Opinion: 104 years and counting of the League of Women Voters of Wisconsin, expanding voting rights for all

(Canva/SDI Productions)

By Debra Cronmiller

February 13, 2024

Celebrating their 104th year, The League of Women Voters of Wisconsin discusses their continued work to expand voting rights.

It was 104 years ago this week that a group of women formed a new organization that their founder, Ripon-born Carrie Chapman Catt, said would “finish the fight” to win suffrage for women.

And while we’ve come a long way since February 14, 1920, we are still far from finished in this fight for true and expansive voting rights. For over a century and counting, the League of Women Voters has been working toward stronger democracy where all Wisconsinites are able and empowered to exercise their right to vote. 

As a volunteer-led organization, the more than 2,000 League members in Wisconsin are the driving force behind the work —holding candidate forums, staffing information tables, running VOTE411.org and much more to fit the needs of local communities. We do this because we know the fight is far from over.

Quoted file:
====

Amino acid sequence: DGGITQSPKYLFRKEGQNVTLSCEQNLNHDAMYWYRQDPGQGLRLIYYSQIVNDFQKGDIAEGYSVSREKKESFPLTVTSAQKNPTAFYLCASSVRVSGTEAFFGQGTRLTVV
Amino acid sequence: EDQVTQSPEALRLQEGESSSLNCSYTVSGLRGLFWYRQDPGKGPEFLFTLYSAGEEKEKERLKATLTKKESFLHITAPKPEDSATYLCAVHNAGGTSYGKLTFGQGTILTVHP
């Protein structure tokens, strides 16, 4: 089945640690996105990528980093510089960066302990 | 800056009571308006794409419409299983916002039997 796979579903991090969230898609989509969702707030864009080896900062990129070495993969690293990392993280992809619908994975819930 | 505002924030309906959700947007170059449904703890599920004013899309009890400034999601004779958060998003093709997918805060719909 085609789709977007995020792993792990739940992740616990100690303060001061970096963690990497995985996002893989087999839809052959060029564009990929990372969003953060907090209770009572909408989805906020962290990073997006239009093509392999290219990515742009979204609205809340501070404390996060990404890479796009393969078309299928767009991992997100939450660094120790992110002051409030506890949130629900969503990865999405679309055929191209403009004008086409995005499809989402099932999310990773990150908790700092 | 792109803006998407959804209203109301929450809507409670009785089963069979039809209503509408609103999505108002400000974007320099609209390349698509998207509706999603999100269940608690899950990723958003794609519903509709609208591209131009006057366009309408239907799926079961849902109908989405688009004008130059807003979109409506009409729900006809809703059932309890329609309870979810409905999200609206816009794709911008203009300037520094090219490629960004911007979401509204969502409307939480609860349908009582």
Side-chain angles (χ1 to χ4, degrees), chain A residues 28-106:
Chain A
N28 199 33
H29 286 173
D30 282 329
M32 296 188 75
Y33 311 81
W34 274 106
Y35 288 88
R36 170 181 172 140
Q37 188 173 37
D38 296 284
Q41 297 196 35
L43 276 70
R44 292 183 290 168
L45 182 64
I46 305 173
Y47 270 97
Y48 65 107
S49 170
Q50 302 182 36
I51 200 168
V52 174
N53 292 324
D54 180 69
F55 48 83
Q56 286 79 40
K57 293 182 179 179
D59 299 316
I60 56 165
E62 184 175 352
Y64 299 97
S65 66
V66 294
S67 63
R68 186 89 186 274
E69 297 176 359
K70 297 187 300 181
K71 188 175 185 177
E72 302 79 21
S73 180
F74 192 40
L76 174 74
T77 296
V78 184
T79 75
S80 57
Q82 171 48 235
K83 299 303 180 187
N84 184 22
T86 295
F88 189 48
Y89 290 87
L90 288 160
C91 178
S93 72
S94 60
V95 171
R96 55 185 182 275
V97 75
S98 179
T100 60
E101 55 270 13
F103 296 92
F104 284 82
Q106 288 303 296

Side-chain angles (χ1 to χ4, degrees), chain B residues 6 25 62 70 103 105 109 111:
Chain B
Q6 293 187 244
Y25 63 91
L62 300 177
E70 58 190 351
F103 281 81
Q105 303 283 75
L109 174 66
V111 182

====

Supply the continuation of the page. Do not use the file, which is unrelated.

Here in Wisconsin, as well as across the country, barriers to access the ballot box can be especially towering for youth, people of color, folks with disabilities, and other marginalized groups. While League work is rooted in history, we also know that the Suffragist movement was hypocritical in its fight–often excluding women of color. 

Unfortunately, Wisconsinites are still facing new efforts to stifle our rights. This November, Wisconsin will vote on an amendment in our state constitution enshrining that only citizens can vote—a problematic referendum that could erode municipal control over who votes in local elections and create new obstacles for people of color and non-English speakers at the polls. 

Before Wisconsin became the first state to ratify the 19th Amendment in 1919, an early success of the suffrage movement was getting access for women to run and vote in local school board elections. Local participation paved the way for women (though very few women) to join the electorate and have a say in who represents them. 

Like people who are noncitizens, far too many voices are not being heard or represented in government because they are not allowed, face barriers or don’t feel that their vote matters. 

The League of Women Voters knows that we’ve yet to “finish the fight,” but we aren’t planning on slowing down anytime soon. 


  • Debra Cronmiller

    Debra Cronmiller is the Executive Director of the League of Women Voters of Wisconsin. Before serving in this role, Debra (she/her) worked in State government in the Department of Workforce Development and the Department of Children and Families.



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